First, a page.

Written and Illustrated by Amy Wilde
There are two kinds of vital relationships that women are not encouraged to develop. Those would be relationships with other women and the relationship they have with themselves.
My entire life, I felt I could not come out as a strong queer woman. Even typing this is making me nervous, reminding me of the therapy and church groups my stepmother sent me to after she found out I was in my school’s LGBT club and that I had a girlfriend. I never wanted to be known as Amy the Lesbian. People tried to teach me that my sexual preference meant I could never be a strong and powerful person, that I would have to act straight to attain anything. Common knowledge, they told me, says that queer women are “just” angry dykes who hate men (read: need to get laid.)
Embracing my love for women has helped me develop my relationship with myself. Women have showed me how to love, how to make love and how to accept love. I dedicate these illustrations and words to them. These women are strong and powerful and at 24 years old, I’m ready to join their ranks.
Breathing in the cold 3am air, my lungs tightened and froze. It was the same breathless pressure I had felt just 30 minutes ago creeping out of another man’s house. Now I stood on your doorstep, looking for the comfort I’d been searching for in his strong arms and masculine attention. As you lay me down on your bed, pulling my icy clothes off my body, there were no longer any questions. The romance novels I was devoted to as a child, the porn I got hooked on as a teen, the NYC sex parties, the circle jerks, the tantric workshops, the daddies, the slaves, the dildos, the latex, the video cameras, the bamboo canes and nipples clamps — everything became secondary compared to the power of your pussy.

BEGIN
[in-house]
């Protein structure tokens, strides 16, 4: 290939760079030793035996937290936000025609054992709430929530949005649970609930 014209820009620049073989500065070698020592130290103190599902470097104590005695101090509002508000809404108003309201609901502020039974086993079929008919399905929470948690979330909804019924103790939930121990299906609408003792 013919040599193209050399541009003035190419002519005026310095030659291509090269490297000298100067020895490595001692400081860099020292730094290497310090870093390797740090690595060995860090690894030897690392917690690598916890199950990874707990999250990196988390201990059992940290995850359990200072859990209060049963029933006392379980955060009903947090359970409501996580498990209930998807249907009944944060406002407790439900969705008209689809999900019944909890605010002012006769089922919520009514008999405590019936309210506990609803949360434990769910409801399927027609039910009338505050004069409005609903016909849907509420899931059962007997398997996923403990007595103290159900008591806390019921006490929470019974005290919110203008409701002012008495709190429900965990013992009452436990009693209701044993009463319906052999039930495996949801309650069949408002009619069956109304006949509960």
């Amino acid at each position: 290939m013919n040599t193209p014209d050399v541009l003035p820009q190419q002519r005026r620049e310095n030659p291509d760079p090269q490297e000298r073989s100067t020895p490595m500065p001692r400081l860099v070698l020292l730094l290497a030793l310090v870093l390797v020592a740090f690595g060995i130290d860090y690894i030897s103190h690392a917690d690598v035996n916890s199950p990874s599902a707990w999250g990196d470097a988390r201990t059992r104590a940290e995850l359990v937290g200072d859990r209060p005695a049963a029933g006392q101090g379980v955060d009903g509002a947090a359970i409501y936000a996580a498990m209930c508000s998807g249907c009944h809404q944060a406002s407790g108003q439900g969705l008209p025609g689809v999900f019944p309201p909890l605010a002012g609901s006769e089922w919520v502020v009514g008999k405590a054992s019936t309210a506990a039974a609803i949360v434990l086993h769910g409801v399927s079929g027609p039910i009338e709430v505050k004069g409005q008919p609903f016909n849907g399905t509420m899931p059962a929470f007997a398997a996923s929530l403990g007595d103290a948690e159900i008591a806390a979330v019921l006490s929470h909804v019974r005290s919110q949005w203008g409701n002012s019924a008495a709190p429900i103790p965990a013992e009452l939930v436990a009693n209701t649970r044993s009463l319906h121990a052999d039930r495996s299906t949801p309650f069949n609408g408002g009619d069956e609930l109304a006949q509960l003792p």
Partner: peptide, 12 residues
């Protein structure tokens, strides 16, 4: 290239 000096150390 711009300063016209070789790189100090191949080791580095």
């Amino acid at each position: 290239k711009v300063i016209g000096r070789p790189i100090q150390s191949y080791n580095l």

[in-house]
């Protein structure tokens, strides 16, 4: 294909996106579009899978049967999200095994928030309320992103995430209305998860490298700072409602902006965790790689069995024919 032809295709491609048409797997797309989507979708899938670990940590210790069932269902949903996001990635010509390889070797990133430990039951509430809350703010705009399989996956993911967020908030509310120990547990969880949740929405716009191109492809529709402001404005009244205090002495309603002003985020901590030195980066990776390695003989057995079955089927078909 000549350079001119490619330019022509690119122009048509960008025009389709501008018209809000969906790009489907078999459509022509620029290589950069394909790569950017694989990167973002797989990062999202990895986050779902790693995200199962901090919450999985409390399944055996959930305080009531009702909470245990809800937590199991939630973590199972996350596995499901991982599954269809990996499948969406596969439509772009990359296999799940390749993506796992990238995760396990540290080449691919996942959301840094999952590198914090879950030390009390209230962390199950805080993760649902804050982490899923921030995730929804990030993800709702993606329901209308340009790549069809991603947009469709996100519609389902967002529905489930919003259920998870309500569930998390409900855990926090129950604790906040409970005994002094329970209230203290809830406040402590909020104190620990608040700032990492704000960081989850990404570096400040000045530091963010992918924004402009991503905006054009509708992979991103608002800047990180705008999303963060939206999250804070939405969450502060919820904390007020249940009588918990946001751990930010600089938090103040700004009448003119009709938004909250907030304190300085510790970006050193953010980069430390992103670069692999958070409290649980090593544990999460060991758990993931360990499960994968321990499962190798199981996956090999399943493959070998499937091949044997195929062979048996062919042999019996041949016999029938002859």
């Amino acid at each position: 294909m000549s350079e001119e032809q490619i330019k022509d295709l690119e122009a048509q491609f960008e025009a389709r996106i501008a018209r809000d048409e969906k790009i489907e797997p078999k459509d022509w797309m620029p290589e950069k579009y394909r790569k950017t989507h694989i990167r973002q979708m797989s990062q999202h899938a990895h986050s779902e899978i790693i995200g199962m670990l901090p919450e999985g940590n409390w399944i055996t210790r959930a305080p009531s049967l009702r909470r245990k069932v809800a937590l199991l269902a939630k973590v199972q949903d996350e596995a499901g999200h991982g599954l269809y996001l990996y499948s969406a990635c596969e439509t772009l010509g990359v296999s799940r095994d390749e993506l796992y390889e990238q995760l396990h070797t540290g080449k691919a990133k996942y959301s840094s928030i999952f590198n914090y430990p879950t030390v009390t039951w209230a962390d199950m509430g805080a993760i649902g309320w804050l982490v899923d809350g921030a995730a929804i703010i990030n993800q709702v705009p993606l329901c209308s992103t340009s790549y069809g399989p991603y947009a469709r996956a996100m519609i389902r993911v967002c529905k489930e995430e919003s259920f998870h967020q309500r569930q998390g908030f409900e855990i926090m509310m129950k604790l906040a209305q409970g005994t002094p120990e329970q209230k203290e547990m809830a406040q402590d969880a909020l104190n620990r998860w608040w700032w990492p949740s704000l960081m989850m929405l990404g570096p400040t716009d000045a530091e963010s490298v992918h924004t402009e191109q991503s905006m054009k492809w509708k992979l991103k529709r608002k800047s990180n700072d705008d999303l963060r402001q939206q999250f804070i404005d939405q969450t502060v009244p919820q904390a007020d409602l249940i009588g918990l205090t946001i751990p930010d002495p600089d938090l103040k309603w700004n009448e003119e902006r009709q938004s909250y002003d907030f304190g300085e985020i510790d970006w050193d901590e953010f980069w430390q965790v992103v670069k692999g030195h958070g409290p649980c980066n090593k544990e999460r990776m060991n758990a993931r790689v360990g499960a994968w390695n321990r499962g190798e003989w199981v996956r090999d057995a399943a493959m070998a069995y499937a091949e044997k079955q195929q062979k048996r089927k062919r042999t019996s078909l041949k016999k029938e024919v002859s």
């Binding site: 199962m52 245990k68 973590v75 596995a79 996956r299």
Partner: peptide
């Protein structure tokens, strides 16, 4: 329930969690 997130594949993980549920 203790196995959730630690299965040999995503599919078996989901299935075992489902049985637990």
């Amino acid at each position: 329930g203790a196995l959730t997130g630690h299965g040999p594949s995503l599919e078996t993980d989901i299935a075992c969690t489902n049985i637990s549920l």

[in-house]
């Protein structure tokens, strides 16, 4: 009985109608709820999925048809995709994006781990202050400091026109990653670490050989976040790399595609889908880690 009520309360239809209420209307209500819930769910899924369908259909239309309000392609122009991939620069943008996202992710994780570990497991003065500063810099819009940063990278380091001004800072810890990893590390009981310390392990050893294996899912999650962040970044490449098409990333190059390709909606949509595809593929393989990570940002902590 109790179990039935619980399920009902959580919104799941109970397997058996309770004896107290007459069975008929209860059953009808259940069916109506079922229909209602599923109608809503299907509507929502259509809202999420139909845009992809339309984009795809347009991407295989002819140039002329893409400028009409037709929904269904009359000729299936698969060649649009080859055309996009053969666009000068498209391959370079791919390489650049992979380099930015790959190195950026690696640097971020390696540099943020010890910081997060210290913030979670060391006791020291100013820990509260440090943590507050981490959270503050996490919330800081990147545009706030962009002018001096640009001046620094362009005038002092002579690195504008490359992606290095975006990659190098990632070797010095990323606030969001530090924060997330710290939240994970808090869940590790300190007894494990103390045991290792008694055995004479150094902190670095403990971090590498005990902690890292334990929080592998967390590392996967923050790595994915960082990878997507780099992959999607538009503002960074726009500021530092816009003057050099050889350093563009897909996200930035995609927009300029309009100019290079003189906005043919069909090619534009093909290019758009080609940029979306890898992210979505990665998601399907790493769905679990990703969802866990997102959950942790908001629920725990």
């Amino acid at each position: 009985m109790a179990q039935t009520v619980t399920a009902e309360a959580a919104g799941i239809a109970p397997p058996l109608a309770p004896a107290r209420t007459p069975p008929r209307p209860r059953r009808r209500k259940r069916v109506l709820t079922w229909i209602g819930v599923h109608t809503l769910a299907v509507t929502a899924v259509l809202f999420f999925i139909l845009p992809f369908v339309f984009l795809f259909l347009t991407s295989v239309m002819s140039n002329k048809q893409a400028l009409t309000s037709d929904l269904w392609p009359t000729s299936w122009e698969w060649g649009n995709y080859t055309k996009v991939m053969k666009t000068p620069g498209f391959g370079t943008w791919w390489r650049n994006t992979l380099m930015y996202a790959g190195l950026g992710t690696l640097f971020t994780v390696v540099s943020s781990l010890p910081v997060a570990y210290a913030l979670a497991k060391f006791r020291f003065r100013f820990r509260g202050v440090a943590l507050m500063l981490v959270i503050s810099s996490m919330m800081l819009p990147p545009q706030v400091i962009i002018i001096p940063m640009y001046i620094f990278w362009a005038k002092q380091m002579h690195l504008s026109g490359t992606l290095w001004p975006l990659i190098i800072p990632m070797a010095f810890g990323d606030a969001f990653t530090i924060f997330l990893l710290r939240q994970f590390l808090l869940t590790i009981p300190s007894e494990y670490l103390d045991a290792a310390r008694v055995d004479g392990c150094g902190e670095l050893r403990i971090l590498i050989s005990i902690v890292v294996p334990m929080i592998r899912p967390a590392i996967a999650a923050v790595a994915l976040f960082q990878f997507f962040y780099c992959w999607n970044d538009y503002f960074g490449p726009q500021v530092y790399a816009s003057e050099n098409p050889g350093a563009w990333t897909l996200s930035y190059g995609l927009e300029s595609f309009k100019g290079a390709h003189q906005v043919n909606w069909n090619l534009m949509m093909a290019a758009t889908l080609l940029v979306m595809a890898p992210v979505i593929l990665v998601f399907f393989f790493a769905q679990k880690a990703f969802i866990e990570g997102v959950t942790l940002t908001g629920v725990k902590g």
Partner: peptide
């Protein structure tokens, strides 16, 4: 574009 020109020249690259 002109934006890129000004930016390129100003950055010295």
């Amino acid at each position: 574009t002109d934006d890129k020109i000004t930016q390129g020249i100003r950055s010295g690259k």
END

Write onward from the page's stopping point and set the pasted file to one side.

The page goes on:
You ate up my skin like it was a cake that you couldn’t stop devouring. One more bite and I would be living within your warm fleshly insides. You were still dressed in your conservative pantsuit and within the hour you’d be back at your desk on Pear Street, with a new secret to hide. Your lips were cherry red. Smears of scarlet ran across my nipples and ribs as I gazed down at you, tangled within my thighs. My body was glowing with your intentions. You were the giver, and I surrendered.
You had effortlessly slipped on my favorite black panties and my hunger to take them off was growing. As I slipped back to the table where we were sitting in the restaurant, I felt the stares burn. I just focused on the weight of you. Once we were full from wine and spaghetti, your hands became two wild creatures of their own. They slipped beneath my winter layers. Leaving the restaurant, you held my hand to keep your balance, pulling me past the gossiping wait staff. It was impossible for me not to kiss you. As I pulled away, I noticed a mother pull her children away. You just pulled me closer.
I think about your body, your twisting curves, during yoga. I think about the smoothies you make me. The matching feminist books we bought at the Strand. I think about the weed and chocolate you have ready for me when you see I’ve had a long day. The times you’ve vented to me about clients and intentions to retrain the male mind. I think about how proud I am to hold your hand as we wander, stoned around Central Park. The massages you give my tired muscles at 3am. Let me celebrate the body you’ve been told to be ashamed of. Let our dreams seem so much closer when we confide them in one another. Let us support each other as lovers, as friends, but mostly as women.
ABOUT THE ARTIST, Amy Lousia Wilde is an erotic illustrator and painter originally from the UK, now living in New York City. Her main themes are gender, sexual openness and feminist expression. Daddy Wilde is her alternate male persona. Amy actively collaborates with New York based artists and photographers to further pursue these themes in different mediums. She is also a producer, specializing in nightlife and photographic productions.